We need more Spirit-led and highly trained leaders equipped with cutting-edge resources. By adding new leaders and with existing leaders empowering all ages, congregations can be transformed.

Develop new ministries in the USA and Canada.

We are called to make the peaceable kingdom real for those seeking Christ’s loving embrace and to transform congregations, neighborhoods, and communities. We must develop and implement innovated mission models so the church remains relevant in people’s lives.

Expand the Temple as a global peace center.

The world we occupy desperately needs peace, reconciliation, and healing. With additional tithing, expansion of existing ministries and creation of new ministries from the Temple would broaden God’s promise of universal shalom.

Update and expand church communications to support growth of mission.

Targeted and consistent communications are needed so congregations can move from being “poised to fulfill God’s vision” to action. Frequent, informative, and uplifting stories with current and relevant resources can provide mission tools for members to share Christ’s whole mission.

Together let us joyfully share from our true capacity so Christ’s whole mission is offered to a world in need.

We Can’t Do It Alone

2 05 2014
David R. Brock

David R. Brock

We were seated in a circle of 35 at Deer Haven Campgrounds in Florida. It was the close of a course on ministry of the evangelist. Before we partook Communion, which awaited on a table in the center, Jim and Jan Slauter offered the Prayer for Peace.

Because of news about Ukraine and Crimea, Jim asked that we focus our prayers on Ukraine instead of Republic of the Congo. It felt right to pray for that complex situation. It felt good to uphold the church members there.

I can’t measure the value of prayers for members and citizens, for world leaders whose decisions will have impact for generations. Sometimes I wonder, “What value?” But, I join in the prayer for peace. I enter the spiritual practice.

As we partook the Lord’s Supper a few minutes later, I thought about Russian Orthodox priests serving Communion to members of their parish in Kiev. I thought about Ukrainian Orthodox priests offering the same only a few blocks away. Both symbolically lifting up Christ. Both reenacting the death of Christ in bread broken, in lifeblood flowing out in the wine. Both sharing the promise of peace through the One who breaks down walls of division.

But, I knew that some who partook would then walk out of that sacrament into political tensions and violence, possibly in opposition to each other.

I partook, as did Christians in Ukraine, conscious of divisions and tensions that seem to mock promises of the spiritual-formation moment that is the Lord’s Supper.

Again, I wonder, “What value?” But, I kneel as the prayer is read. I receive bread and wine. I enter the practice once again.

Spiritual formation, spiritual practices, spiritual disciplines, spiritual awakening, discernment; the words are more and more a part of our vocabulary. New practices are being introduced. Traditional disciplines are being refreshed. Silence and listening are held up as practices that open us to, as President Steve Veazey says, “divine-human encounters that transform our lives. We are healed at our deepest levels of ego-centered insecurity and pain. We learn to yearn for God and then with God. We are freed to radically love others in true community that reflects God’s nature and purposes.”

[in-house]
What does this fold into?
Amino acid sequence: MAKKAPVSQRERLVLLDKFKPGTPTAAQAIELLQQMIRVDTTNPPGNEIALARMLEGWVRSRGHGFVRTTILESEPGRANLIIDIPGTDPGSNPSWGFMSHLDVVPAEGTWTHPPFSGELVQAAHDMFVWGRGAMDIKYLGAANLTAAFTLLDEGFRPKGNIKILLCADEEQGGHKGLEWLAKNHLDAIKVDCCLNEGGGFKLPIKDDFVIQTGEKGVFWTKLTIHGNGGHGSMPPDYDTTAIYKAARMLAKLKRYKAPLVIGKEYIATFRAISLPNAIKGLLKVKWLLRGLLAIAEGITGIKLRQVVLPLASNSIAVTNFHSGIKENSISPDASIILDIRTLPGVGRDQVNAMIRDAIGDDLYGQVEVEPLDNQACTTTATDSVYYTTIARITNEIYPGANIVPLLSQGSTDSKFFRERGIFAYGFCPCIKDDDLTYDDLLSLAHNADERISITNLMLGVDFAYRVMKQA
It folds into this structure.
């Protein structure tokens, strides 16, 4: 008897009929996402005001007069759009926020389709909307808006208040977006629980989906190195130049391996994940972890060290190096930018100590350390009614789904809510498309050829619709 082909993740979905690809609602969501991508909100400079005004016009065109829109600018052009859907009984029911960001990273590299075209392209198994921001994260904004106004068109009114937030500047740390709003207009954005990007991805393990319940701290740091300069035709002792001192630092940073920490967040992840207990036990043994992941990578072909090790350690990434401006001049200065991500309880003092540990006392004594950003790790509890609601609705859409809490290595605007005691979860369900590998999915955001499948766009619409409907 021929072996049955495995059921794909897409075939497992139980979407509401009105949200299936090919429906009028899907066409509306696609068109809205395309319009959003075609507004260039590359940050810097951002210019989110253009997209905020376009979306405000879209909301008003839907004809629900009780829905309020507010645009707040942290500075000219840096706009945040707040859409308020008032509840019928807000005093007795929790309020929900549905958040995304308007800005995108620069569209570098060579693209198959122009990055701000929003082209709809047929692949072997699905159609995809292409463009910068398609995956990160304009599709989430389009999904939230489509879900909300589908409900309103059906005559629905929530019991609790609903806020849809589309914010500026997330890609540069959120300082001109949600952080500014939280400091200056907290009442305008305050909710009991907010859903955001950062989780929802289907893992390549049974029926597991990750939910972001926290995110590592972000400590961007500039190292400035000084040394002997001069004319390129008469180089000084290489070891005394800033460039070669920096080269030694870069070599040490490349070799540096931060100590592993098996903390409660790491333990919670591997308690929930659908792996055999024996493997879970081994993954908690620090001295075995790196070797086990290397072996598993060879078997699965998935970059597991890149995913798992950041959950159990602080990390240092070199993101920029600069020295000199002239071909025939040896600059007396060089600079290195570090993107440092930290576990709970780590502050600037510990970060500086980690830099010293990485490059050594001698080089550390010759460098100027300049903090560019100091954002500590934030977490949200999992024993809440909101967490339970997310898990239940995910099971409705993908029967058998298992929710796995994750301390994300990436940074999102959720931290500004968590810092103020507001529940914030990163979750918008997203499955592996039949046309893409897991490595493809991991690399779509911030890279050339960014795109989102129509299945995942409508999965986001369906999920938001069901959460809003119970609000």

My thoughts and actions often betray the declaration that spiritual practices provide a space for God to heal me and others; that God, through the practices, frees me to love radically.

I wonder at times, “What value?” but when there is a rhythm of vulnerable silence, of kneeling, of partaking, of dwelling in words of scripture, a truer self begins to awaken.

A discipline of daily grief for the way things are leads to widened compassion and broader vision. It leads to hope.

As Rabbi Jonathan Sacks says in The Great Partnership, we are here through God’s love, we live on God’s Earth, we breathe God’s breath. There is a radiance and gravitas, a belonging in the lives of those who “practice the Presence,” who reenact the story and perform the rituals, then make that presence real by constantly living in response to it.

The blessing of spiritual formation as President Veazey says, “is rest, renewal, peace, and vision and energy for mission.” We cannot bring good news to the poor, proclaim release to the captives and recovery of sight to the blind, or let the oppressed go free without the Spirit of the Lord resting on us. We simply can’t do it in our own strength. Not for the long haul. Believe me!

I Believe Jesus Lives Today

2 04 2014

by Linda L. Booth, Council of Twelve Apostles

“For God so loved the world that he gave his only Son, so that everyone who believes in him may not perish but may have eternal life. Indeed, God did not send the Son into the world to condemn the world, but in order that the world might be saved through him.” —John 3:16–17 NRSV

Linda Booth

Linda Booth

This year my journey to Easter has been disrupted. While preparing for an evangelist retreat at

Deerhaven Campground in Florida, I was confronted with the question: Do you think Jesus is dead or alive? My initial, faithful response was, “Of course. I believe in the resurrection.” However, as I prayerfully considered the implications of that answer I realized the way I live truly reveals what I believe.

If I think Jesus was an important historical figure who provided a meaningful way to treat others and emphasized justice and mercy for all, his life—while still instructive—is over.